Tuesday, September 16, 2014
Dylan Thomas and the Poets’ Theatre Come Alive reading Under Milk Wood at the Sanders Theatre
reading Under Milk Wood at the Sanders Theatre
article by Michael Todd Steffen
By itself on the page Dylan Thomas’s Under Milk Wood, a Play for Voices, poses difficulties for the reader. There is no central character. In fact, within 86 pages of text 69 different characters appear, or rather they speak. One is apt to think of James Joyce’s Ulysses with its proliferation of characters and names, yet here without the main characters of Stephan Dedalus and Leopold Bloom to keep re-orienting the reader from the subconscious rivers of language that the Modernist style hazards into.
The scenes in Under Milk Wood are brief and their transitions made by different narrative voices. You need as a reader the idea of the time’s (1950s New York) enthusiasm for bustle in radio comedy to begin to get a sense of how the play is to be heard. Then, as many among the audience at the Sanders Theatre performance last evening, Sunday September 14, were heard saying, the Thomas play brings to mind Thornton Wilder’s Our Town. It dawned on me at some moment during the performance that Under Milk Wood may well have had some influence on Garrison Keilor’s Lake Woebegone world for Prairie Home Companion.
Because of its Welsh-Gaelic origins and its American destination (radio broadcast from New York), Under Milk Wood exhibits an easy union of European and American influences, not unlike Eliot’s
‘The Love Song of J Alfred Prufrock’ (which will soon celebrate its 100-year anniversary in publication).
As Bob Scanlan, the President and Artistic Director of the newly revived Poets’ Theatre notes in the leaflet to last evening’s production, “Under Milk Wood was first sounded, by Thomas himself, here in Cambridge under the auspices of the Poets’ Theatre. That legendary performance at the Fogg Art Museum was the first (and still unrivaled) great achievement of the idea of a “poets’ theatre.”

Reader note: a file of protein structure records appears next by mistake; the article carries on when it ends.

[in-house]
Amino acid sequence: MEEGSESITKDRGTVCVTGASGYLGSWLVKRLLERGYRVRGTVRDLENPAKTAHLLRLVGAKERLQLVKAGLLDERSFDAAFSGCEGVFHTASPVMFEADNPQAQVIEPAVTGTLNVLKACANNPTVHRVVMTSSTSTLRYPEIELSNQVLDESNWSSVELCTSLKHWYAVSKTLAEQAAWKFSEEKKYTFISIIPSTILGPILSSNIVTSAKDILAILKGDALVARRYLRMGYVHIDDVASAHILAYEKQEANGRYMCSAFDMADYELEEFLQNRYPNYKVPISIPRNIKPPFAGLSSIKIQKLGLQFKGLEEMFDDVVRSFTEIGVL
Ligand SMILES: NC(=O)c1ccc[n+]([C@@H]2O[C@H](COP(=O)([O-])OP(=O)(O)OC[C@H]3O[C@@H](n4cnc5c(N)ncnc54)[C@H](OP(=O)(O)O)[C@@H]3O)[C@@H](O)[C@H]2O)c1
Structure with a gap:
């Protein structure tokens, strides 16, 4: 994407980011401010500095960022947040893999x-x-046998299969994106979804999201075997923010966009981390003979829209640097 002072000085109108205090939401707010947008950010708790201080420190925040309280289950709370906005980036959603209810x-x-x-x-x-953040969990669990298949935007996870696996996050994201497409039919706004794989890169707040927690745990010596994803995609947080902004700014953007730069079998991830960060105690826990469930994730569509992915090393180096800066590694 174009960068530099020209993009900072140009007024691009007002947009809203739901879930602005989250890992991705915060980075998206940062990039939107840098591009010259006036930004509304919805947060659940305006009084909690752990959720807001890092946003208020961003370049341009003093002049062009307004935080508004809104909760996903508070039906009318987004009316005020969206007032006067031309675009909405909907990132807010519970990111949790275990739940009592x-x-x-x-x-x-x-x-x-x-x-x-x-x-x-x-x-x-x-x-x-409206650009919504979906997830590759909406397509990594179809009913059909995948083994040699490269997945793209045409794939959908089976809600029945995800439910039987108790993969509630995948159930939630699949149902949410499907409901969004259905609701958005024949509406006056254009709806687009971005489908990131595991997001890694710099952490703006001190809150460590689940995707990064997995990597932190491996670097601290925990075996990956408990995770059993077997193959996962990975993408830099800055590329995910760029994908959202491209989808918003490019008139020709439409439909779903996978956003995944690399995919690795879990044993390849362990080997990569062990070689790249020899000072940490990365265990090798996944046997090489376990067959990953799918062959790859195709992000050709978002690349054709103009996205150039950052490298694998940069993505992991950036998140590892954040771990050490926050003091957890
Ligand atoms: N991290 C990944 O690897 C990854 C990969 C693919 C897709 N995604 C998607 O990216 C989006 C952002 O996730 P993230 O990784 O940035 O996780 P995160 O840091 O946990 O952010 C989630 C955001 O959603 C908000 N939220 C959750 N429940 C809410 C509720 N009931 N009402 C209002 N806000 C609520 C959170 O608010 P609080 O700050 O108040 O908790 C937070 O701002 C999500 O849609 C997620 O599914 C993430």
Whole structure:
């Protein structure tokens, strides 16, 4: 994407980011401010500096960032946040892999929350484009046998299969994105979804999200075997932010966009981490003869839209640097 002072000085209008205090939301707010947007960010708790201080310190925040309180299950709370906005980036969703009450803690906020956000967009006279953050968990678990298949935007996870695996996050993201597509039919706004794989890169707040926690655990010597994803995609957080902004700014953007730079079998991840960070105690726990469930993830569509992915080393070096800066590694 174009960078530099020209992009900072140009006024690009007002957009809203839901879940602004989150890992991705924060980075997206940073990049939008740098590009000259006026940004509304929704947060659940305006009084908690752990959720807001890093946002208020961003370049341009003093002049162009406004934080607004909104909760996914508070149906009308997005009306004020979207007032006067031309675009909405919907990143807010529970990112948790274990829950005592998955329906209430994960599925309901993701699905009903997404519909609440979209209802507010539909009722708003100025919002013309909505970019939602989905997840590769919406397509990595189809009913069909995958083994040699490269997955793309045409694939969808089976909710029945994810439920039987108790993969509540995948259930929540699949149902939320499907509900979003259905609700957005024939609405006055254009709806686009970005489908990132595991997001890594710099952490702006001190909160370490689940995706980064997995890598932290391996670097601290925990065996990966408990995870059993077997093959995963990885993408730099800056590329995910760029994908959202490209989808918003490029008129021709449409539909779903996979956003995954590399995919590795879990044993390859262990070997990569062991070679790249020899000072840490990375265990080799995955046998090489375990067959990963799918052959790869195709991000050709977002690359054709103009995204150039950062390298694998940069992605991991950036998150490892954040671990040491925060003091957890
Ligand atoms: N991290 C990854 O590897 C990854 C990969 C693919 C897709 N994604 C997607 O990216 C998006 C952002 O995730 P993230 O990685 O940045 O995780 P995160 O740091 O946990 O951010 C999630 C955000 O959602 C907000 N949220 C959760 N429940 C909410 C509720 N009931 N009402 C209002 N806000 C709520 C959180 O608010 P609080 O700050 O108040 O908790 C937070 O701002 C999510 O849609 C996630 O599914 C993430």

Last night’s performance was dedicated “to a rebirth of that spirit.” And the dedication was fulfilled brilliantly by the fourteen readers juggling the character parts and delivering their lines with wonderful timing to a lot of fun and laughter, the play favoring movement to motive, language to things, the humor of exaggerated depravity and squalor to relieve and bring home the ordinary goodness of the villagers’ lives and dispositions.
We are in “a Play of Voices,” of language in reminiscence rather than representation of acts and things. This is underscored in MR BENYON’s jokingly dour menu for the week with MRS BENYON and LILY SMALLS:
She likes the liver, Ben.
She ought to, Bess. It’s her brother’s.
MRS BENYON (Screaming)
Did you hear that, Lily?
We’re eating pusscat.
Oh, you cat-butcher!
It was doctored, mind.
MRS BENYON (Hysterical)
What’s that got to do with it?
Yesterday we had mole.
Oh Lily, Lily!
Monday, otter. Tuesday, shrews.
Mrs. Benyon screams.
Go on, Mrs. Benyon. He’s the biggest liar in town…
Under Milk Wood involves the living and the dead, and the line between them is fluid and confused, while here and there a clock tick-tocks and a bell chimes to remind us that time is passing and that the fret and joy of these lives in their dreams happen for a time and then are gone, lending the otherwise lightly shuffled comedy a curious and resonant depth, easily recognizable to our lives.
As an artistic and perhaps philosophical transition, Under Milk Wood represented Dylan Thomas’s vision of transcending the personal voice of lyrical poetry to the interplay of different character voices—almost to drama. But Thomas’s “Play of Voices” doesn’t develop a plot to emerge fully into drama, retaining the charm and caprice of the lyrical voice as it is dispersed throughout its many characters. Due to this structural dislocation, and because of the many characters that emerge, it was difficult to distinguish individual performances among the 14 readers in the production at the Sanders Theatre last evening. Their huge success was in retaining their shadows of anonymity while juggling their parts and delivering their lines to the enthusiastic attention and pleasure of the audience. It pains me not to be able to say something specific about each of the readers, while I must say that Karen McDonald shone in her renditions of Polly Garter’s songs, Laurence Selenick in his role as Reverend Eli Jenkins and rendition of Mr. Waldo’s song, and Alvin Epstein for his spirited performance of Captain Cat and the tick-tocking clock. Their equals in every way reading on the stage were: Erica Funkhouser, Amanda Gann, Cherry Jones, Benjamin Evett, Lloyd Schwartz, Fred Marchant, Thomas Derrah, David Gullette, Will Lebow, Christopher Lydon and Aidan Parkinson.
The troupe worked the miracle that Dylan Thomas himself had created 61 years ago, as Bob Scanlan describes it, with his “performative skills [to bring] new life and insight into a poetry trapped and petrified on the page.” With this as its mission, looking forward to further productions, the Poets’ Theatre has undertaken a noble and appreciable purpose.